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Raising the Awareness Bar on Breast Cancer Detection Techniques

Dr. Mukta Mahajan
, Consultant – Radiologist Breast Imaging and Intervention

India is experiencing an unprecedented rise in the number of breast cancer cases across all sections of society, accounting for 27% of all cancers in women, less than 10% of which are inherited. India also has far lower survival rates of 66.1% for breast cancer compared to 90.2% in the USA. There are several stark differences for this disease in India and the West.

Indian women often develop the more aggressive subtype of cancer at a much younger age. At the time of detection, the cancer is often in an advanced stage resulting in more aggressive treatments and poorer outcomes. Lack of nationwide screening program makes detection of early curable breast cancer even before the development of any symptoms an unrealistic goal. Even among the educated or the urban population, only a few are aware of the early signs and breast cancer symptoms.

Attention to routine self breast examination as well as by trained medical personnel is still dismal. Lack of expertise, misconceptions about mammography and biopsy further decrease the chances of timely detection. These, along with a general indifference towards women’s health, financial constraints and social stigma increase the hurdle to effective treatment.

On a brighter side, when detected ‘early’ breast cancer is curable, needs less aggressive treatments, has a lesser psychological impact and certainly has a far lesser financial and social burden on the family. Small scattered efforts to empower women to be “breast-aware” through simplified information are picking up pace. The need for routine examinations, improved access to trained personnel at a community level and quick referrals to specialized centers is being realized.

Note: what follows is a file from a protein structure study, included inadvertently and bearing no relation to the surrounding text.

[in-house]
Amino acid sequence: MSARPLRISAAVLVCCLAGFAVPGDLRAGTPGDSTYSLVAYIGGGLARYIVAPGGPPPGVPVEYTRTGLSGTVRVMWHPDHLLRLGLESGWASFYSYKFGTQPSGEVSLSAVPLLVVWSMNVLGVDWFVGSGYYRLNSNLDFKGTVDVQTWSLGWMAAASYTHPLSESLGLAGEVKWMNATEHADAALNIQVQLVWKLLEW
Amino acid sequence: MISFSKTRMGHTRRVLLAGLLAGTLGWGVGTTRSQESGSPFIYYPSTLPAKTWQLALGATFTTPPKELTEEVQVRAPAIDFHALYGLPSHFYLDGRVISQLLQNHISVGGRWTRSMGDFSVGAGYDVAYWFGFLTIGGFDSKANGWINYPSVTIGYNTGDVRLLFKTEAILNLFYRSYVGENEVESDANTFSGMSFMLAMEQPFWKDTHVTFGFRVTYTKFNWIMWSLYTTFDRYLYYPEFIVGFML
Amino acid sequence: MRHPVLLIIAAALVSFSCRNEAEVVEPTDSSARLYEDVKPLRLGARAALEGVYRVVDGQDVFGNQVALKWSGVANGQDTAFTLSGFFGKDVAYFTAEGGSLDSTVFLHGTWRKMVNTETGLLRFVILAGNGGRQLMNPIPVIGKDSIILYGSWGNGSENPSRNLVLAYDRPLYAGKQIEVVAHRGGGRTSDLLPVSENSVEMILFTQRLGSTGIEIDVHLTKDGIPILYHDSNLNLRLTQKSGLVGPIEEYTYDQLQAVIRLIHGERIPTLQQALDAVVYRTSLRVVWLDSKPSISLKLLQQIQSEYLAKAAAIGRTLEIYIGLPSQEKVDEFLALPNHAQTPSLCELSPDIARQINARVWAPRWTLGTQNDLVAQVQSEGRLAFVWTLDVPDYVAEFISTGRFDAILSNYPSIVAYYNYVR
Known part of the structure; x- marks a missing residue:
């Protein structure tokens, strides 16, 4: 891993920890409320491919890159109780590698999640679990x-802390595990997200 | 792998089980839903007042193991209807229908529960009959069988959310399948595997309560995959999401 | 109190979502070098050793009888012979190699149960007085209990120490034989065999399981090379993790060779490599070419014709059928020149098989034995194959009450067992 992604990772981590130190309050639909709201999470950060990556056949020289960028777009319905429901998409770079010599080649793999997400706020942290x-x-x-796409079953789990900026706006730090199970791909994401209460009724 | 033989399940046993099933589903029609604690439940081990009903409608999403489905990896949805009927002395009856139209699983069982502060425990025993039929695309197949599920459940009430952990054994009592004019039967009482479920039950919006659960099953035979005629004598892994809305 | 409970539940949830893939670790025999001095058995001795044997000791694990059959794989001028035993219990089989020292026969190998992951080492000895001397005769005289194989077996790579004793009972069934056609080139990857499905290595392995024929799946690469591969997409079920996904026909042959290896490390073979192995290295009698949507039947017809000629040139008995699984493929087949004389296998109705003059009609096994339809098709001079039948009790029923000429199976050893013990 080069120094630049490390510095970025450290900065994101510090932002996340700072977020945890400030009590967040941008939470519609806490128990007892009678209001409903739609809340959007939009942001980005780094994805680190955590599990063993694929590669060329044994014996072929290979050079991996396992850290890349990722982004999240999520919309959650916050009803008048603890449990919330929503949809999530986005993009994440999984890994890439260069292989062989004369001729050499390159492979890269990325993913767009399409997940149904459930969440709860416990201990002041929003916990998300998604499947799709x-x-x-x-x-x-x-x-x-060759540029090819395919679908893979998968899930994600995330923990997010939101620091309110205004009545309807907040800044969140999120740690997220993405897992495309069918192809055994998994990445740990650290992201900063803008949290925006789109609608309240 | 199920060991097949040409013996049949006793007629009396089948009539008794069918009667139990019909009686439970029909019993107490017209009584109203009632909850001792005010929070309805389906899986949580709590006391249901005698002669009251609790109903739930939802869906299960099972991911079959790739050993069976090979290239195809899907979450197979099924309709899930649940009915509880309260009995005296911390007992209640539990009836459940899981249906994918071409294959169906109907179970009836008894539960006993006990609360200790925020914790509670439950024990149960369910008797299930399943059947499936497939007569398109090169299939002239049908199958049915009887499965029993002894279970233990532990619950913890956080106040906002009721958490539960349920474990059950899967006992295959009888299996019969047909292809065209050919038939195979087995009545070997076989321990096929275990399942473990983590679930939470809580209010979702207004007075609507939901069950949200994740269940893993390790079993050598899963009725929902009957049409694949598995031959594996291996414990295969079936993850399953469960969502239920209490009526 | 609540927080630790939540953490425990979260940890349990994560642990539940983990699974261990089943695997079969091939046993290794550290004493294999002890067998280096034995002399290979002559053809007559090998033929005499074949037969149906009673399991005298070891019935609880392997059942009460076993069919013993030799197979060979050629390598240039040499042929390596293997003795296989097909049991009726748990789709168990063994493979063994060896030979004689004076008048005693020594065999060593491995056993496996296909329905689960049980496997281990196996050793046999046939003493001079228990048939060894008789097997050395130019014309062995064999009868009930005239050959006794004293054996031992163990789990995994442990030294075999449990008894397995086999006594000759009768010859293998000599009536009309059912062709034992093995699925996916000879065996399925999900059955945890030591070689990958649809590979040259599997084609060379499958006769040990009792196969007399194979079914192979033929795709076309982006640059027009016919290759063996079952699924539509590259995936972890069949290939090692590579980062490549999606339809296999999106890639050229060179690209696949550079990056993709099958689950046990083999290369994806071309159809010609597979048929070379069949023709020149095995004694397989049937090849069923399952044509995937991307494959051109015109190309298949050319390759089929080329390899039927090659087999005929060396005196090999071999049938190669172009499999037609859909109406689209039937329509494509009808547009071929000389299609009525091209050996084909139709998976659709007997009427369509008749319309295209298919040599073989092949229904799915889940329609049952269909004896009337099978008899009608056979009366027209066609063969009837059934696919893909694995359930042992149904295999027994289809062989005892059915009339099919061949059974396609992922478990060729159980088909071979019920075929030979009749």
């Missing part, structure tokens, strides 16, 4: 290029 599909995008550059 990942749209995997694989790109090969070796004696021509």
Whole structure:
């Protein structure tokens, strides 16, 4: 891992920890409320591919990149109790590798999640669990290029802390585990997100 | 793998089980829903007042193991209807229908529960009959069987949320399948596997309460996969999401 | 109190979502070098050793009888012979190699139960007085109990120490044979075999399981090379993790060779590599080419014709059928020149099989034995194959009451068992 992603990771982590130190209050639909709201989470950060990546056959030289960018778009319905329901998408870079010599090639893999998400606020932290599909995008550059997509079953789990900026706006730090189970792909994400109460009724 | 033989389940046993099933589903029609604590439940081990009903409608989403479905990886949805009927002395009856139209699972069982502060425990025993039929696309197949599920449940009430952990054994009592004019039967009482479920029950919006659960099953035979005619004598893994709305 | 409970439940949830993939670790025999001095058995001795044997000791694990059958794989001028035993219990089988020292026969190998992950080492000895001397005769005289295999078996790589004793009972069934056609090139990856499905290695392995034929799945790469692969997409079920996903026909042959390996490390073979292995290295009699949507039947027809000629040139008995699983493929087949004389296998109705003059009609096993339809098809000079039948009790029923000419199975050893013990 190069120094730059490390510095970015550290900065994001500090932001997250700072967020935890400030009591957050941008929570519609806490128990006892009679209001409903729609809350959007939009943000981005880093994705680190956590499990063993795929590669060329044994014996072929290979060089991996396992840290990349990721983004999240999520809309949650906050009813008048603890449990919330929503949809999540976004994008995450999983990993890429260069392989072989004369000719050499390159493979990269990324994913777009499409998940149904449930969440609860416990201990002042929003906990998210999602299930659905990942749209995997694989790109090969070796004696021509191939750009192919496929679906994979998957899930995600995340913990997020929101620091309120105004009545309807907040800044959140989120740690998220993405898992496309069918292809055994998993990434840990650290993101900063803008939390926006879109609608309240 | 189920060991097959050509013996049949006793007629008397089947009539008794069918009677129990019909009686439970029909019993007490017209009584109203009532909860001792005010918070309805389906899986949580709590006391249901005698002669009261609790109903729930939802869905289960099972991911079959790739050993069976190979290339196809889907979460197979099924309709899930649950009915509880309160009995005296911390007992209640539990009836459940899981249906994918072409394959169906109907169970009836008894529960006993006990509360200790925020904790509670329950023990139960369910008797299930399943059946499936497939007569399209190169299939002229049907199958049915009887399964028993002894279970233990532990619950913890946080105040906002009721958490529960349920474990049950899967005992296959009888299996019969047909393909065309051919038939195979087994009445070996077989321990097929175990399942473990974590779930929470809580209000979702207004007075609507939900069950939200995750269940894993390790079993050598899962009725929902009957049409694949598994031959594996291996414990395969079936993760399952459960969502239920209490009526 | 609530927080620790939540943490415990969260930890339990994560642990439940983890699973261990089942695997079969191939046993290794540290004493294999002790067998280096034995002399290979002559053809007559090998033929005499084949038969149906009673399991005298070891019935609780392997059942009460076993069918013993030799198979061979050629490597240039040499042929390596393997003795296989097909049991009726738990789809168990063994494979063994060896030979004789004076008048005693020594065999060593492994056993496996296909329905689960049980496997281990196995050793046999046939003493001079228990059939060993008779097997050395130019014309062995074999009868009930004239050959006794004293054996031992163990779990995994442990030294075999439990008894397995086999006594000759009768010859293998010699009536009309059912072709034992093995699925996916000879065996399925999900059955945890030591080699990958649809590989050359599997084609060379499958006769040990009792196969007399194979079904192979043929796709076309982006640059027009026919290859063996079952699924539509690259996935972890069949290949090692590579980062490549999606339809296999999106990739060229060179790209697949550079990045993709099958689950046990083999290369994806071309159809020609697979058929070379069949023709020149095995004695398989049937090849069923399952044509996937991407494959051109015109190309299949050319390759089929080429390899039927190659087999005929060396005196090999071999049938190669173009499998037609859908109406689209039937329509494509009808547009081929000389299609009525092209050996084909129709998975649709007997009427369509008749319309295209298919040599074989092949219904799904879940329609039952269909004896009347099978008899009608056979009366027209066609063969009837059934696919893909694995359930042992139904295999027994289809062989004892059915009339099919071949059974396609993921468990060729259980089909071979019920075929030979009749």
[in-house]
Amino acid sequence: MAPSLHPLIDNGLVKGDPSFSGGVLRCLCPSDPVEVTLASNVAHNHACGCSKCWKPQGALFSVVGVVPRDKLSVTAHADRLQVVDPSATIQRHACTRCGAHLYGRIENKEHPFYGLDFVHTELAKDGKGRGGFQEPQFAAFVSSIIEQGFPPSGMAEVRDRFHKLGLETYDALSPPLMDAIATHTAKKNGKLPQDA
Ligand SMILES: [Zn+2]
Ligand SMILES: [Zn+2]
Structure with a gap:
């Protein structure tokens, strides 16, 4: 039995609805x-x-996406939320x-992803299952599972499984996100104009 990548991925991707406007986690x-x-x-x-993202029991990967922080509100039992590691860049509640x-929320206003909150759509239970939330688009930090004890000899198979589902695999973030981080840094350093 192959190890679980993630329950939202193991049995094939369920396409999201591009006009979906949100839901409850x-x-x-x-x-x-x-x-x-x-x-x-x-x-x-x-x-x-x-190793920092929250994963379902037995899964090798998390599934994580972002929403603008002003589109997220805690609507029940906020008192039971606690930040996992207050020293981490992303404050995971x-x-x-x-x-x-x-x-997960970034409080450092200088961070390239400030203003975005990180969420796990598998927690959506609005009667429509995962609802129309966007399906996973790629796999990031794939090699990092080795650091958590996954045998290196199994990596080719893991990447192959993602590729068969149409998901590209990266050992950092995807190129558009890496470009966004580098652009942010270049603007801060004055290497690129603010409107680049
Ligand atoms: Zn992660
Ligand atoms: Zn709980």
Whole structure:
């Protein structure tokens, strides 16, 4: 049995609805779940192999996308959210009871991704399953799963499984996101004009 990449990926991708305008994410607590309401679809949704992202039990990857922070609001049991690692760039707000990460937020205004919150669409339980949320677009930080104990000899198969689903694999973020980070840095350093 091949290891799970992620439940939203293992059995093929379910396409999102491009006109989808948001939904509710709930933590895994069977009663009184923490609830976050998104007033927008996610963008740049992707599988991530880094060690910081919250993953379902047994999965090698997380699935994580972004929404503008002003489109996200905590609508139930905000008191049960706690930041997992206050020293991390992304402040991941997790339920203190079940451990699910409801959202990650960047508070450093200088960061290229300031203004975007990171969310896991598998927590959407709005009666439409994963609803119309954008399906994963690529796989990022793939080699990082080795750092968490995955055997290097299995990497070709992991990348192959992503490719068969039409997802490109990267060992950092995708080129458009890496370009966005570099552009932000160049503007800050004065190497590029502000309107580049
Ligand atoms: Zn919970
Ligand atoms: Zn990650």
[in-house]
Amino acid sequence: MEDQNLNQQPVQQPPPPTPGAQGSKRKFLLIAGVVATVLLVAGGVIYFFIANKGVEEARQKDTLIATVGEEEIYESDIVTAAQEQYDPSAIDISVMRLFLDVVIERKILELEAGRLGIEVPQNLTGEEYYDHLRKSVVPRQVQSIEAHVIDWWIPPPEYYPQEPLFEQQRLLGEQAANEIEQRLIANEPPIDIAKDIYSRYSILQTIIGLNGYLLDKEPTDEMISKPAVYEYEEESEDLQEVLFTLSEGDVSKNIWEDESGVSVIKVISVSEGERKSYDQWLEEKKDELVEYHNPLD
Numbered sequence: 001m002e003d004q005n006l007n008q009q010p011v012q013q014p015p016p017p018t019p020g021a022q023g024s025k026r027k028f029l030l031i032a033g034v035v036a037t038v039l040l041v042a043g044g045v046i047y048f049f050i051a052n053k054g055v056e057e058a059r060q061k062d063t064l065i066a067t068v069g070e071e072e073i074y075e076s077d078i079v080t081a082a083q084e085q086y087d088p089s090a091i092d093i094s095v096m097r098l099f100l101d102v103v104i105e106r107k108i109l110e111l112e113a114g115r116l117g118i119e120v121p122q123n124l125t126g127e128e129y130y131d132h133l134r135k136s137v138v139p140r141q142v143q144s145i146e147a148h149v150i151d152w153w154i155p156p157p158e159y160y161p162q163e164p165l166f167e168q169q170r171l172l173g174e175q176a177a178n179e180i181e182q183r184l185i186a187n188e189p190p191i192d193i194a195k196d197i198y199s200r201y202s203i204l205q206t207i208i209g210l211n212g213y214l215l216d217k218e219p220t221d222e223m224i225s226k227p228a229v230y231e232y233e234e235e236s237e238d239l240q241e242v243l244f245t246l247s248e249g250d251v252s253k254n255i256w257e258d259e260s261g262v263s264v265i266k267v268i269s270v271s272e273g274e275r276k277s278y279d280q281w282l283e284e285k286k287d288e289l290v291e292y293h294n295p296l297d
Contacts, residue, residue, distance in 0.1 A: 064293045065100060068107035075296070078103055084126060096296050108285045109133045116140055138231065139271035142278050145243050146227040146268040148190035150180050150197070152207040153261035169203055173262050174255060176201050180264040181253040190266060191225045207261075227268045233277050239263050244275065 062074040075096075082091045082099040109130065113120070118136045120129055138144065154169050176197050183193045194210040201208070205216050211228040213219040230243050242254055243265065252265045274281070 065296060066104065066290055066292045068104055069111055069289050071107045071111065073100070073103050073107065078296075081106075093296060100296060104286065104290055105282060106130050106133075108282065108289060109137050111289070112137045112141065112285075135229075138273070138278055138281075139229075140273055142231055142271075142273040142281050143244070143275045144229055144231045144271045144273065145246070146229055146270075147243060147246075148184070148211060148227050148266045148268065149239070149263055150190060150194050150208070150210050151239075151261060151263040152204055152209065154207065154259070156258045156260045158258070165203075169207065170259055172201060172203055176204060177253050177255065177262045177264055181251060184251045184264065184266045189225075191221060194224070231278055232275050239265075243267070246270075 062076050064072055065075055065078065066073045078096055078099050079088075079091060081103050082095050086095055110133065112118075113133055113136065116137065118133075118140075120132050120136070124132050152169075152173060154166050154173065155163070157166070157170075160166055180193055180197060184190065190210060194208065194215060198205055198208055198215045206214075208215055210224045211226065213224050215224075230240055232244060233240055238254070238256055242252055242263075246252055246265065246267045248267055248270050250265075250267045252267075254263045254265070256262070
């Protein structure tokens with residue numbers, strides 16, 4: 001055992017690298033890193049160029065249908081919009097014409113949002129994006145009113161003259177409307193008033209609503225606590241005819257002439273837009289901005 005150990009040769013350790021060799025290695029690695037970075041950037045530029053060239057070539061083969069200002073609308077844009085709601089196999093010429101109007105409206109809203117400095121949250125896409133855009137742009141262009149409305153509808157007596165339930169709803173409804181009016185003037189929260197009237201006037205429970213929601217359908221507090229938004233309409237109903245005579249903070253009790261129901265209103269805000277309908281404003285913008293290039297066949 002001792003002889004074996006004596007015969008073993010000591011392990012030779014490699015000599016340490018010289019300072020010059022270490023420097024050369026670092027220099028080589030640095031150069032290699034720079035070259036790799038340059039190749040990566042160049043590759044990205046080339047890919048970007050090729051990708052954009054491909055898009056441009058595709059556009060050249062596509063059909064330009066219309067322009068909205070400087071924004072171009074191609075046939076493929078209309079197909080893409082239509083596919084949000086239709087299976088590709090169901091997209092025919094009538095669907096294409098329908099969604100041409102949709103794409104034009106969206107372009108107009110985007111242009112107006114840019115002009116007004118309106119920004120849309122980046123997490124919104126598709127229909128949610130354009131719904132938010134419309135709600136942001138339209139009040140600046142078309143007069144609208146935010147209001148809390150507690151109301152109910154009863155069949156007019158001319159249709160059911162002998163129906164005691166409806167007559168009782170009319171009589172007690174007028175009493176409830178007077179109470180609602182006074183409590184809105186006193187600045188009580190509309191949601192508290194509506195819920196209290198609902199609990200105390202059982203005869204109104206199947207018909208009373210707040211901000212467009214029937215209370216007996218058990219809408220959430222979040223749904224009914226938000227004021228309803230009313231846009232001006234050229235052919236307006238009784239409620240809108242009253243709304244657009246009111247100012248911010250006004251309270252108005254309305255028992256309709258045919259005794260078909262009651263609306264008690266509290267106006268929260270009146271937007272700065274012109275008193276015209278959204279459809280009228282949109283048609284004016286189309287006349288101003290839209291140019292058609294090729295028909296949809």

Breast Cancer Detection Techniques

Primary breast examination or screening is done to identify the presence of any cancerous mass. Common breast cancer detection techniques include:

  • Breast Examination by the doctor
  • Mammography 
  • Breast Ultrasound

For a confirmed diagnosis and to identify the stage of cancer, the patient might be required to undergo other diagnosis tests like a biopsy and other imaging tests like Breast MRI.

What methods are used for early detection of breast cancer?

The early breast cancer detection methods include screening mammography and clinical breast examination. 

Mammography is the most often used, best breast cancer detection method. It uses low energy X-rays for a human’s breast cancer screening and diagnosis. Early breast cancer detection is essential for an effective cure for the disease.

What to expect during a visit to a breast clinic?

A woman with a breast complaint will have a physical examination followed by appropriate tests suited for her age and seriousness of her symptoms. Mammogram (preferably 3D digital mammogram) and ultrasound are the initial steps of assessment of any suspicious breast symptom. Breast radiologists expedite breast biopsies in these patients to confirm the presence and type of cancer. An image-guided breast biopsy is a highly accurate, minor, almost painless OPD procedure and requires little preparation from the patient. No special care is required after the biopsy, and the woman can resume her daily schedule the same day. The biopsy results are ready within a few days for further discussion regarding treatment.